We learnt about the experience of another contributor[iii] in getting learners to submit a study plan and fill it in as they progress. This could go a long way to getting learners to organize themselves for a successful learning experience, helping them also to get a greater sense of accomplishment/satisfaction as they see how they are moving through the course – maybe even reinforcing their motivation to continue. Doing an exercise at the beginning of the course to schedule in the required time every day for the duration of the course could be very useful and might make the difference between moving smoothly through the course or falling behind and eventually giving up.  I wonder if it would be useful to develop some sort of template for learners to fill in as the first homework assignment, as suggested by another contributor?

 Just-in-time MOOC design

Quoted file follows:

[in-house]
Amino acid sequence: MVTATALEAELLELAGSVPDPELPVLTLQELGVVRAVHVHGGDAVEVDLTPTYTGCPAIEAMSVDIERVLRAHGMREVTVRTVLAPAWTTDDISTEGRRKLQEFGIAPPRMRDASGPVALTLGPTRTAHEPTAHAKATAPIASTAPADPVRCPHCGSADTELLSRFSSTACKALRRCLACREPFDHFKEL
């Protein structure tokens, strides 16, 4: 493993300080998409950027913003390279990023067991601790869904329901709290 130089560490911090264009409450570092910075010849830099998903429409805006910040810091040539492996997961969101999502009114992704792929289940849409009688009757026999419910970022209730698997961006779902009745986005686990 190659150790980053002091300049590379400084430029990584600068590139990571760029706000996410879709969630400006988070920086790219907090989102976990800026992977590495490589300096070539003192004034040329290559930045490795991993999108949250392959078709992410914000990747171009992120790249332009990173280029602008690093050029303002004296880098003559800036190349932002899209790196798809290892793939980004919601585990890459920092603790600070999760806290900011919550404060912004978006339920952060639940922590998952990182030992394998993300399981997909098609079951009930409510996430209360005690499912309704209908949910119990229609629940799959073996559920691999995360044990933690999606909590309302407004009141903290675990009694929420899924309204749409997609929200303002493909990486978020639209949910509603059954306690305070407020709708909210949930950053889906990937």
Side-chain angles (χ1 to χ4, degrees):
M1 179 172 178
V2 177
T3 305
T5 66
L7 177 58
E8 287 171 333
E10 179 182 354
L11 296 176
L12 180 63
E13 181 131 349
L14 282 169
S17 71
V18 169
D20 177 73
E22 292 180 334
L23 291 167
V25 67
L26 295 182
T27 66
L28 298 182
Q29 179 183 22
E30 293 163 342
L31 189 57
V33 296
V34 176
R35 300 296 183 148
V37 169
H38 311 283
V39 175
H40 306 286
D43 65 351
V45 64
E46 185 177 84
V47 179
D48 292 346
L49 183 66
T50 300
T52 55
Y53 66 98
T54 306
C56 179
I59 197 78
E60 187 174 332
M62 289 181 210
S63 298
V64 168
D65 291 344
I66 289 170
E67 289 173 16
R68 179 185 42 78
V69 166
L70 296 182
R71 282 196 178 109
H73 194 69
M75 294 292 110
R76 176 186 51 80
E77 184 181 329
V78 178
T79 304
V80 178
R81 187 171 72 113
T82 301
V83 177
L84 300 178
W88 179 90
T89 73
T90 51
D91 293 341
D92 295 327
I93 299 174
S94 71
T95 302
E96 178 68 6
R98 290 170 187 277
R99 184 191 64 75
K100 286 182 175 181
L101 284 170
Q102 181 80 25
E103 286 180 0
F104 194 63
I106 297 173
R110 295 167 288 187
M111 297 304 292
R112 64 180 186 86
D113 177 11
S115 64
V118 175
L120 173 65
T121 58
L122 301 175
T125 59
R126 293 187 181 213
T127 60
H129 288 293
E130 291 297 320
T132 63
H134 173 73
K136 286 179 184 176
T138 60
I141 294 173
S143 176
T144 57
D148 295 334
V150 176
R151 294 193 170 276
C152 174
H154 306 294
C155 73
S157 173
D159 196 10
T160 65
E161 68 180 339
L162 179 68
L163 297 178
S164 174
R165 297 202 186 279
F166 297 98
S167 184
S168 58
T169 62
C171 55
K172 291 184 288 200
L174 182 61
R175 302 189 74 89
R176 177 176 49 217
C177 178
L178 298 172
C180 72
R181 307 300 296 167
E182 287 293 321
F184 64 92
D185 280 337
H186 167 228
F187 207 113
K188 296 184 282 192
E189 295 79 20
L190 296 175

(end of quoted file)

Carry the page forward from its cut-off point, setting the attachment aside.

Is just-in-time learning more workable for busy professionals? We talk a lot about the flexibility and convenience of online learning – people can do the course at 2 o’ clock in the afternoon or 4 o’ clock in the morning – or any other time – as long as they complete each section within a given time frame, they can choose when to do it. Is this enough? How does this meet the needs of people who are correcting exam papers during the course, or attending a conference, or any other longer-term obligation that makes it impossible for them to keep up? Brian[iv] shared something he had read about MOOCs that claimed continuously open access MOOCs have better completion rates than MOOCs with fixed dates – though talking with him this week, he noted the difficulty of doing assessments in this format. How about rolling 2-week courses which would help people to pace themselves, but still work as part of a cohort, and allow them the flexibility to choose when to actually do it?  One of the course team[vi] provides some evidence that this is a model that can hold potential – with the first Udacity MOOCs (including his own) which operated (and still operates) without a fixed schedule, and the fact that Coursera has introduced some MOOCs that are “self-paced” and/or use monthly cohorts.  What could be done about the wealth of information and experience in the discussion forums, which would be lost at the end of each two-week period? Would it work to transfer all discussions to e.g. a linkedin group or snapchat so that knowledge builds up and the community is sustained after the end of the course? In this way, as suggested by another contributor[vii], the social media network could be linked to the MOOC platform and also become an instrument of recruitment.